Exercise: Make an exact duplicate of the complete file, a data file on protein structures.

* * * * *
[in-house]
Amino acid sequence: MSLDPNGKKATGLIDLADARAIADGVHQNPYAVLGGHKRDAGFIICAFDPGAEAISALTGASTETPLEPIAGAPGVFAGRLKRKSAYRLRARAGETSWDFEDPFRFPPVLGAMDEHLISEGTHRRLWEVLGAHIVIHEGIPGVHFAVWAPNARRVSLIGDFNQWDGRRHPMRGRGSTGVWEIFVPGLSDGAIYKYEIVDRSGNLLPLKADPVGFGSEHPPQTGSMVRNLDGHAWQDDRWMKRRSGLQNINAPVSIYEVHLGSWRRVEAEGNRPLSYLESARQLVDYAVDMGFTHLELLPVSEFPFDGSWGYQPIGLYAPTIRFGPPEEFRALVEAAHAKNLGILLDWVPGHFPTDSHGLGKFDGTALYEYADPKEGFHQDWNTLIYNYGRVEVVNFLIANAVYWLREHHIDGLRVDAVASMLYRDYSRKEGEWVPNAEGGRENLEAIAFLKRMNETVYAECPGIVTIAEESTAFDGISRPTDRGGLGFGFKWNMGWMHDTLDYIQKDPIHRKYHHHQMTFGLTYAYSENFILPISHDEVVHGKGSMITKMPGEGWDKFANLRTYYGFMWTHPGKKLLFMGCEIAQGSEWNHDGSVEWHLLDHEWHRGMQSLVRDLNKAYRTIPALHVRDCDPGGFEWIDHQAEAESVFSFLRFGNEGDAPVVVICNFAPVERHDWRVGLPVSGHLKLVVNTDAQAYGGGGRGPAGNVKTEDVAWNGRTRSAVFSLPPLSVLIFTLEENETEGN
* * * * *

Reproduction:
[in-house]
Amino acid sequence: MSLDPNGKKATGLIDLADARAIADGVHQNPYAVLGGHKRDAGFIICAFDPGAEAISALTGASTETPLEPIAGAPGVFAGRLKRKSAYRLRARAGETSWDFEDPFRFPPVLGAMDEHLISEGTHRRLWEVLGAHIVIHEGIPGVHFAVWAPNARRVSLIGDFNQWDGRRHPMRGRGSTGVWEIFVPGLSDGAIYKYEIVDRSGNLLPLKADPVGFGSEHPPQTGSMVRNLDGHAWQDDRWMKRRSGLQNINAPVSIYEVHLGSWRRVEAEGNRPLSYLESARQLVDYAVDMGFTHLELLPVSEFPFDGSWGYQPIGLYAPTIRFGPPEEFRALVEAAHAKNLGILLDWVPGHFPTDSHGLGKFDGTALYEYADPKEGFHQDWNTLIYNYGRVEVVNFLIANAVYWLREHHIDGLRVDAVASMLYRDYSRKEGEWVPNAEGGRENLEAIAFLKRMNETVYAECPGIVTIAEESTAFDGISRPTDRGGLGFGFKWNMGWMHDTLDYIQKDPIHRKYHHHQMTFGLTYAYSENFILPISHDEVVHGKGSMITKMPGEGWDKFANLRTYYGFMWTHPGKKLLFMGCEIAQGSEWNHDGSVEWHLLDHEWHRGMQSLVRDLNKAYRTIPALHVRDCDPGGFEWIDHQAEAESVFSFLRFGNEGDAPVVVICNFAPVERHDWRVGLPVSGHLKLVVNTDAQAYGGGGRGPAGNVKTEDVAWNGRTRSAVFSLPPLSVLIFTLEENETEGN